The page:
To combat thefts of the new iPhone, authorities say they've already begun ramping up their patrols. Kim Vatis reports.
It's mid-September 2012 and there are two apples that are hot items: the honeycrisp variety from Minnesota and the new iPhone 5 out of Cupertino.
To combat unlawful "apple picking" of the latter, authorities say they've already begun ramping up their patrols.
"There's an expectation there's going to be a bit of a spike [in thefts]," said Commander John Graeber with the Chicago Police Department's Public Transportation Sector.
As fanboys and girls exited the Apple Store adjacent to the North and Clybourn stop on the Chicago Transit Authority's Red Line, officers were keeping a watchful eye.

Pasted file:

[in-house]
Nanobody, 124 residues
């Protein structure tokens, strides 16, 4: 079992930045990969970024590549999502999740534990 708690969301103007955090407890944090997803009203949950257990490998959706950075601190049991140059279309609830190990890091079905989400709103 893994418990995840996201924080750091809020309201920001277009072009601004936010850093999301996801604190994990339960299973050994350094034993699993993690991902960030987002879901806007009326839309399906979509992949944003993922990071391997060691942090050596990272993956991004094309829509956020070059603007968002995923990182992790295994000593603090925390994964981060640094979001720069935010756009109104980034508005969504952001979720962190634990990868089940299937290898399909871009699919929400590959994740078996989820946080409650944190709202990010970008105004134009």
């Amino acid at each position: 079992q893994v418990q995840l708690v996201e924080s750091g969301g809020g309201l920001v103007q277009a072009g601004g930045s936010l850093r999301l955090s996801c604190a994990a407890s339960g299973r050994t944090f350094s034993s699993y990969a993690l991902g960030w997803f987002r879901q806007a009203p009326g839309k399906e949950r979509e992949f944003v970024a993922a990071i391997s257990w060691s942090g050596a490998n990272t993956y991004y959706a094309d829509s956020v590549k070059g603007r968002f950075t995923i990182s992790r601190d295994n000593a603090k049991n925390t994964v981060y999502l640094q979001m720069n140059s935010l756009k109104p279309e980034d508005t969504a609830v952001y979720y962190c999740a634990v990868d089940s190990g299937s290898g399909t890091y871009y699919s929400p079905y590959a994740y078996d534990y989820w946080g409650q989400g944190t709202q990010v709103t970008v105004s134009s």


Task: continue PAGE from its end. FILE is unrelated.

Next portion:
"Just to oversee people walking out with that brand new bag that might an opportunity for someone," said Graeber. "It happens so fast most people are stunned."
The New York Police Department actually launched an anti-Apple picking ad campaign near Apple stores and helped customers register their iPhones in case of a theft.
"Its terrifying," said Megan Shincarik, who had her iPhone snatched by a group of kids who distracted her and swiped it right off the cafe table. "I'm on the lookout now."
Smartphone thefts are up 30-40 percent nationwide, authorities said.
Last year, a church deacon died after she was pushed down the stairs by a robber trying to get away after stealing another commuter's iPhone.